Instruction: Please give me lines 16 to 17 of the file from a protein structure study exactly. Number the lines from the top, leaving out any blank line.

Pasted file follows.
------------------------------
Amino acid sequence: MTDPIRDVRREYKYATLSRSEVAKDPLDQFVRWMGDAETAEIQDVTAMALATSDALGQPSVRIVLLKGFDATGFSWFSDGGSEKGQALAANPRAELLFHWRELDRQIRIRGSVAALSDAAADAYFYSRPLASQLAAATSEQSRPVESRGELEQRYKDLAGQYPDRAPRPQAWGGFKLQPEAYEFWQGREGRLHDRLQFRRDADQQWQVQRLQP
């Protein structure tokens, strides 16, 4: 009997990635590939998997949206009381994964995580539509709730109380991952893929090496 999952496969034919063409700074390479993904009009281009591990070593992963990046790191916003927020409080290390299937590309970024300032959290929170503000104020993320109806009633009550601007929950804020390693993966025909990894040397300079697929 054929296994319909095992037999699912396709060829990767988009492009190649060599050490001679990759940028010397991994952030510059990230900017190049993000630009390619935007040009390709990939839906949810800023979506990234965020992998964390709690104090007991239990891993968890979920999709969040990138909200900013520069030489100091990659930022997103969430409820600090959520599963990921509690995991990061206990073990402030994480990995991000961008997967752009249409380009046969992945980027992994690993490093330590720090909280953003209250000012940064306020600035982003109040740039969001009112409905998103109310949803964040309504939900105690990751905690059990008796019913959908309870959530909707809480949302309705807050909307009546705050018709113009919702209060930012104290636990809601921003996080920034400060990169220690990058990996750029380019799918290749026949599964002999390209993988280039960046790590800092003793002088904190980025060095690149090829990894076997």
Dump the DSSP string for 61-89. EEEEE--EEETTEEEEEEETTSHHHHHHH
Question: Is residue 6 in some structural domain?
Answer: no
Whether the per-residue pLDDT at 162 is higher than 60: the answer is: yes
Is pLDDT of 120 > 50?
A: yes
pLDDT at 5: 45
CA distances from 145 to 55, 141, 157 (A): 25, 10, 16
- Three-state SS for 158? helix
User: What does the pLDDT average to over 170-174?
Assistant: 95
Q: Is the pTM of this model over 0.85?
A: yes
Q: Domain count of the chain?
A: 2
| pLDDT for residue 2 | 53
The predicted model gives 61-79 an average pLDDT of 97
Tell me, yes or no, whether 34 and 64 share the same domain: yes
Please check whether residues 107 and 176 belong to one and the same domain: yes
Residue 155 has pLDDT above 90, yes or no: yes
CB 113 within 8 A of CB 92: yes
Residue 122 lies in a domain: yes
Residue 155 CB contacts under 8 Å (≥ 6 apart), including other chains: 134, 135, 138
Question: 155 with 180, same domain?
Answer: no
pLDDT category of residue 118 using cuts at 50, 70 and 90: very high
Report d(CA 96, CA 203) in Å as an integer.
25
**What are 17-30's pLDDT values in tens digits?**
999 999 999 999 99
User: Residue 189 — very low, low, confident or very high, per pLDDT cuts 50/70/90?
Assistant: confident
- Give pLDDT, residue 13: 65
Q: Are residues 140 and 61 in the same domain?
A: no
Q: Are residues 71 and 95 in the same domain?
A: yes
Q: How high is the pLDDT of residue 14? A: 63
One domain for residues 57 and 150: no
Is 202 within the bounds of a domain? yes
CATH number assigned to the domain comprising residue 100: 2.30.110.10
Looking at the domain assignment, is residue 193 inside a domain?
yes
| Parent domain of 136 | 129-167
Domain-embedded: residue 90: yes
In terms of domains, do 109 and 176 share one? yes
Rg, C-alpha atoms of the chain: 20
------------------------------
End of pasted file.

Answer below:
Q: Domain count of the chain?
A: 2